Overall, I thought Finn was all right. Not an asshole in the slightest. That said, I admit that I thought less of him when he made it all about himself about Jessamin’s reticence about reciprocating. So what if he’s not racist and doesn’t care about the color of her skin? I’m happy for him. But he has to think about what it means that his non-racist views are extraordinary in this society, on top of realizing that sure, maybe he’s not racist but Jessamin will have to live her entire life dealing with bigoted perspectives. No amount of his love is going to cancel that out. Sorry, it’s not enough. It’s believable that he doesn’t realize the structural racism inherent in society — he’s only 19, after all. But I would have liked to see more pushback against his defensiveness, and less Jessamin capitulating to his side. She has a reason to be defensive. Her mother’s story is far more common than Jessamin’s, after all.

I really enjoyed Illusions of Fate. Your writing style is so comfortable, that it’s easy to sink into the story. I loved Jessamin as a heroine, and I loved that even though she was ostracized by the color of her skin, this didn’t mean she had no female friends or allies. The romance was sweet, and I admit I was charmed by Jessamin’s crow friend. Add in the exploration of colonialism and imperialism, and I’m all yours. Can’t wait until your next book. B+

My regards,
Jia

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Thursday News: Change your Google Password NOW, Apple settlement notice to Amazon customers, RIP Graham Joyce, and Judge Judy gives away free ebook

Thursday News: Change your Google Password NOW, Apple settlement notice to...

Concerned users can use this tool (h/t Lifehacker) to check if their information was leaked. Using it, an editor at Fast Company confirmed his email address was part of the cache, but the password listed was from several years ago. (Some readers said they were uneasy about handing over their email addresses. They can also run a search replacing up to three characters with asterisks–eg. john***[email protected] instead of [email protected]–to return the number of matching results.) In addition, users can turn on two-factor authentication to add a security layer when accessing accounts from new devices. –Fast Company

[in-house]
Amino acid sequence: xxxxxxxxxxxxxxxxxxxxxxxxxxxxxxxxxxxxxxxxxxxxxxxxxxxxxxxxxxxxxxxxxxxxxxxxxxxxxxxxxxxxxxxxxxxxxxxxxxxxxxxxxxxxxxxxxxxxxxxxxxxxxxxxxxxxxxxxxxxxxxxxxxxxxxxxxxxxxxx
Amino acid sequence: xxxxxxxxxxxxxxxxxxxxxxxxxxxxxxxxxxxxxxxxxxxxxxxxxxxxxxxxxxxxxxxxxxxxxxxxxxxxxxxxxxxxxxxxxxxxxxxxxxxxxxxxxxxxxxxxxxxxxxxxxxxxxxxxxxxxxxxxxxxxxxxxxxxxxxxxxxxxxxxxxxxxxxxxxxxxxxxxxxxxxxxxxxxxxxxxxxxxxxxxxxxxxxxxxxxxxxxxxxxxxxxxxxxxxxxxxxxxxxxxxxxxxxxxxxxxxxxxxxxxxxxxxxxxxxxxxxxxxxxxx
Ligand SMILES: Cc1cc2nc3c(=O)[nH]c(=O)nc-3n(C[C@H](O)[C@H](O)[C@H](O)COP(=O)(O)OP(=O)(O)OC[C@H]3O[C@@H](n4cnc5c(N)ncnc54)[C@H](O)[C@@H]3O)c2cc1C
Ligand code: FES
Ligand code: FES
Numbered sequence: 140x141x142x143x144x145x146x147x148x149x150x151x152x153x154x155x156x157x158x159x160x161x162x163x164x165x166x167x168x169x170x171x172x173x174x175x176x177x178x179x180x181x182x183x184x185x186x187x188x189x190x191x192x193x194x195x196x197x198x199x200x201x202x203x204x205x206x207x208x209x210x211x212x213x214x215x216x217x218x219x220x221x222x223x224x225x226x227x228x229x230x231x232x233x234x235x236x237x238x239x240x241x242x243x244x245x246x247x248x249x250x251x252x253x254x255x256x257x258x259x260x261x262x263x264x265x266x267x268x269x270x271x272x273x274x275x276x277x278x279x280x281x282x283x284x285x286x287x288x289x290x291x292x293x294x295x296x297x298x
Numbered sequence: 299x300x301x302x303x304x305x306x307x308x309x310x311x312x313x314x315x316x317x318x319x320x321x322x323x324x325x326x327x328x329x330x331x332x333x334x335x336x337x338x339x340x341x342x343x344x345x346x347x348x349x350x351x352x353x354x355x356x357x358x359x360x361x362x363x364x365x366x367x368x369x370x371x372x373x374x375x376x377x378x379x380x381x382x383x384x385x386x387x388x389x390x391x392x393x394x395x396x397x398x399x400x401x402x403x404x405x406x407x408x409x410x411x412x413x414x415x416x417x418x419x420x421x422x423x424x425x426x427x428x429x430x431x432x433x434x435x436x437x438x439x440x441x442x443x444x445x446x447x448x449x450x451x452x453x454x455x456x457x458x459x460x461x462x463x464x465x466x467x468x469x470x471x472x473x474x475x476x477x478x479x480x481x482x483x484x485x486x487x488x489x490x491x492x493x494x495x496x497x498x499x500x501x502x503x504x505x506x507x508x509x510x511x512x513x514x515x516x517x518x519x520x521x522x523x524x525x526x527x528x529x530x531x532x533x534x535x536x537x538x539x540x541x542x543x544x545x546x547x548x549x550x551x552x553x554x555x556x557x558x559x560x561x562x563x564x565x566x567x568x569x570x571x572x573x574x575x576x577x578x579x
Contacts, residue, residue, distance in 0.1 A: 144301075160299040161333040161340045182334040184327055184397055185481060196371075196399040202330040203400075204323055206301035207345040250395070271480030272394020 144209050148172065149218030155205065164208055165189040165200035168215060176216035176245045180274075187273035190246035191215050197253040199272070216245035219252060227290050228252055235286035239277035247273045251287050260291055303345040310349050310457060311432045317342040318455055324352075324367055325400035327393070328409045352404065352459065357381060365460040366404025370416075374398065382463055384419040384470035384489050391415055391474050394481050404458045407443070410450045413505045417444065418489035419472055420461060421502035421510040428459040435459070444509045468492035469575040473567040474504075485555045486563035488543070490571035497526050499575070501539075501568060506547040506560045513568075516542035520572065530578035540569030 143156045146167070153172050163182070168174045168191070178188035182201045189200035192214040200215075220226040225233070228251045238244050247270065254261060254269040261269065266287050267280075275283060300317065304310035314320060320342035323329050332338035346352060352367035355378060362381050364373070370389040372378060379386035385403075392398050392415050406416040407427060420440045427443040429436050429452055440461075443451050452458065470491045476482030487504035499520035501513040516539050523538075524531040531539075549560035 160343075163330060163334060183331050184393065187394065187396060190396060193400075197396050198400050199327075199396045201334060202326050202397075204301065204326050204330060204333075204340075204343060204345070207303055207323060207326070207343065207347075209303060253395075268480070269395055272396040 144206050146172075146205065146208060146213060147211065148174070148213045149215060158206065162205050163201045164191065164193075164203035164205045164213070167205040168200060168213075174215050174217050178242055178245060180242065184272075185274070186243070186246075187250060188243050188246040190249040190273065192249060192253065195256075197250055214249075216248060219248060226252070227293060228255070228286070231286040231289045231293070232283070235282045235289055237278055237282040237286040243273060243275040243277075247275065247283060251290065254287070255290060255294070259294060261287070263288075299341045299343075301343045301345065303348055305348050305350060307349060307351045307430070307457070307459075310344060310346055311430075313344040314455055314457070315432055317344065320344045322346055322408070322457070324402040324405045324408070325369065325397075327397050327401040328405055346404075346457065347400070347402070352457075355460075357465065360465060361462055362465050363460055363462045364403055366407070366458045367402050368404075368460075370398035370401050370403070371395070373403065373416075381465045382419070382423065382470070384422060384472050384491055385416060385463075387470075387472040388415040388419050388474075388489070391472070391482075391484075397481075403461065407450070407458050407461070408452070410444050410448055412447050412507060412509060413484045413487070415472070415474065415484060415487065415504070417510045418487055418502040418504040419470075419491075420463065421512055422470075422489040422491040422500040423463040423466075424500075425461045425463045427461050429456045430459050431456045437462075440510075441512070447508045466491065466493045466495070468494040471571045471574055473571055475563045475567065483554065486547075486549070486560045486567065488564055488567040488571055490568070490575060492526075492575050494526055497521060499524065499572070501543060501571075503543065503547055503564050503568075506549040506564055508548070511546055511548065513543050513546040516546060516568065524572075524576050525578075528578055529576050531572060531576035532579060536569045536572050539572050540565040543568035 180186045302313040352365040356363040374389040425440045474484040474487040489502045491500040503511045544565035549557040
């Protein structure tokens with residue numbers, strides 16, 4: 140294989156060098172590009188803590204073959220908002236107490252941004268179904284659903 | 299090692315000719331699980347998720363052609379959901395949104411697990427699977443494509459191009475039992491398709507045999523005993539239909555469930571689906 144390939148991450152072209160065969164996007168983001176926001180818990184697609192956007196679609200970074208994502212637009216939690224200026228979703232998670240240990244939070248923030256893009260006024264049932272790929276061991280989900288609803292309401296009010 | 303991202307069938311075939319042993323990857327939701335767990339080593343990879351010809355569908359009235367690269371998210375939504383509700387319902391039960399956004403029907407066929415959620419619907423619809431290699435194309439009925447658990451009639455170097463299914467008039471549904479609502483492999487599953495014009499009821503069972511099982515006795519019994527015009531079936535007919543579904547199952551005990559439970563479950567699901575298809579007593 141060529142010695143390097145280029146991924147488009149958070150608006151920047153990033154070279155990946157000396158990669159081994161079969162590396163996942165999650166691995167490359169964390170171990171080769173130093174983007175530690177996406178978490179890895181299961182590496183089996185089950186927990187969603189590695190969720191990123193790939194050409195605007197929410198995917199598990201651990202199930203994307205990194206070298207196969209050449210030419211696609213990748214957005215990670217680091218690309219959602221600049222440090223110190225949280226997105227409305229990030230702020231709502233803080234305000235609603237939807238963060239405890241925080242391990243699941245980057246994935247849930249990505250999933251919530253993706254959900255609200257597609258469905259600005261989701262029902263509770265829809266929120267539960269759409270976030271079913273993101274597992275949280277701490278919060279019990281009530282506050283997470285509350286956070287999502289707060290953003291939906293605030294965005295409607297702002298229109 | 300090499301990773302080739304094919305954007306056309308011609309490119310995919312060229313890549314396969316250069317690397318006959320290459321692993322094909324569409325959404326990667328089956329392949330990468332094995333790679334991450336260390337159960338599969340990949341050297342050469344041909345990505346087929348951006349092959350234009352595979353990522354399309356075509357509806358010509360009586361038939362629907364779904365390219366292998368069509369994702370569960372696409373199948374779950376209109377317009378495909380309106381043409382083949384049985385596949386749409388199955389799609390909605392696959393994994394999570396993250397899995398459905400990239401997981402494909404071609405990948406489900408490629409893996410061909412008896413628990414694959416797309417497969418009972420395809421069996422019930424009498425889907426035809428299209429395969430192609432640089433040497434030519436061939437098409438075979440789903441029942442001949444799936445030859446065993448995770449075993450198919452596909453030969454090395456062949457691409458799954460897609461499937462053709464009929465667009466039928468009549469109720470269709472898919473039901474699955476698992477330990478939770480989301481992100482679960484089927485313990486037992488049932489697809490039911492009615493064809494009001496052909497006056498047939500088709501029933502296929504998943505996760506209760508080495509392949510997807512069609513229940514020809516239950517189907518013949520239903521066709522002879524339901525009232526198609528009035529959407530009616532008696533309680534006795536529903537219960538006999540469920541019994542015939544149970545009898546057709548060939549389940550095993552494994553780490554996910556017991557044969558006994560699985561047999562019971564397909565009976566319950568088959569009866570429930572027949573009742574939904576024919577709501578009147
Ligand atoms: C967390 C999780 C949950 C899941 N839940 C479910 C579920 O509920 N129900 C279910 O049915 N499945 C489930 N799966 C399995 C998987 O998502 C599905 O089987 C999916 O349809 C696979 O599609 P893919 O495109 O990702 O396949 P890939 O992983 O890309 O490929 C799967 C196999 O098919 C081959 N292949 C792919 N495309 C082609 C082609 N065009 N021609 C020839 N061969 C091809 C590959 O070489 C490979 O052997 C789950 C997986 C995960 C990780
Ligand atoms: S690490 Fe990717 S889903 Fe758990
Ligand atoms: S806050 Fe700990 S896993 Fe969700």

Those consumers who now wish to “opt out” of the settlement (that is, not to receive payments and to retain their legal right to sue) must do so by October 31. More importantly, however, that is also the date by which requests to receive a check rather than an account credit must be submitted, otherwise settlement funds will be issued as direct credits. –Publishers Weekly

It’s really hard to describe Joyce’s books, or categorize them under one single label. His work is generally described as “dark fantasy,” but he used genre trappings to tell different kinds of stories. At the same time, his books often seemed to feature a kind of magic that’s lived in and a bit worn down, not showy or dazzling. His best stuff often deals with families, and the uncomfortable intimacy that comes with blood relatives. And the moments when private strangeness suddenly becomes public. –i09

In this book I want to have an honest conversation with women about what it really takes to get what you deserve out of life: how to define your worth and stick to it; how to find the courage to take risks–and how to build your backup plan; yow to ignore the chattering classes (and the fearmongers) and create your own destiny. –What Would Judy Say